Most river restoration projects have applied relatively small-scale measures focused on improving specific instream conditions, with only limited outcomes for biodiversity in rivers and their adjacent riparian habitats. Here, we investigate the effects of both small- and large-scale restoration projects on floodplain vegetation across 20 European catchments. We focused on the roles of different restoration parameters (i.e., the number, spatial extent and type of restoration measure applied and restoration age) and specific environmental characteristics in regulating changes in plant diversity and trait composition following restoration.
Among restoration characteristics, restoration type was the only significant determinant of plant community responses, with stream channel widening having the strongest effects, particularly on the diversity and composition of species traits favoured by increases in physical disturbance (e.g. flooding) and open habitat patch availability (e.g. plant growth form, life strategy and life span). Of the environmental variables, altitude and discharge were positively and most strongly related to responses of both species and trait diversity. Our results emphasise the value of (i) choosing relevant restoration measures that affect environmental conditions of importance for the target organism group and (ii) conducting restoration projects in environmental settings where the likelihood of restoration ‘‘success’’ is maximised.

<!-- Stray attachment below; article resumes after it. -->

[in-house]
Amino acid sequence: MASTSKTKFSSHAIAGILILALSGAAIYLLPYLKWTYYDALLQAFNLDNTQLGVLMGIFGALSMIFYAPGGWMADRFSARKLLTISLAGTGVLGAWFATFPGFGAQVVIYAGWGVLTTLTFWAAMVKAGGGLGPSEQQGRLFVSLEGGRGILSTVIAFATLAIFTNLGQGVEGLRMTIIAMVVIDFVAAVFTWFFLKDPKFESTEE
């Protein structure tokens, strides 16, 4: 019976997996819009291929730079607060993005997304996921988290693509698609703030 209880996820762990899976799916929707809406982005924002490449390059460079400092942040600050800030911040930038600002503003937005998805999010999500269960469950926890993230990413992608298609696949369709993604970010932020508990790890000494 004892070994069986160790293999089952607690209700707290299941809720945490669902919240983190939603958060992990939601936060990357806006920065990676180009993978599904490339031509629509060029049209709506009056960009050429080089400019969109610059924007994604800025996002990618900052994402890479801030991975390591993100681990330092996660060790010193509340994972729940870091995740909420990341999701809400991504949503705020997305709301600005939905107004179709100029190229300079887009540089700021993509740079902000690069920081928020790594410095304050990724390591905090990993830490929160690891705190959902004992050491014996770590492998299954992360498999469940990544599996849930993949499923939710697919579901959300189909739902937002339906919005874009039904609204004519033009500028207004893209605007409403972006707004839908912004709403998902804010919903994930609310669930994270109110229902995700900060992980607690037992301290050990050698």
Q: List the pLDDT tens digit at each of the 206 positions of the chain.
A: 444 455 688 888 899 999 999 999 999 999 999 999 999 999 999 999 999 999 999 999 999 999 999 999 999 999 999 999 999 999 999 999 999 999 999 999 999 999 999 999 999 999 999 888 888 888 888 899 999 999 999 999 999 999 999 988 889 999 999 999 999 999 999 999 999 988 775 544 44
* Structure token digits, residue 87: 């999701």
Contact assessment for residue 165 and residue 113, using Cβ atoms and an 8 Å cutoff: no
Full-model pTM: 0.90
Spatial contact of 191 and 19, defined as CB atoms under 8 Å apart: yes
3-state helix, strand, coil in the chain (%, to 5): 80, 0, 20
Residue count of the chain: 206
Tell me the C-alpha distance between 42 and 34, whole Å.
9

Keywords: Plants, Diversity, Traits, River, Disturbance, Flooding
Göthe, E., Timmermann, A., Januschke, K., Hering, D., & Baattrup-Pedersen, A. (2015). Structural and functional responses of floodplain vegetation to stream ecosystem restoration. Hydrobiologia -. published online 24 July 2015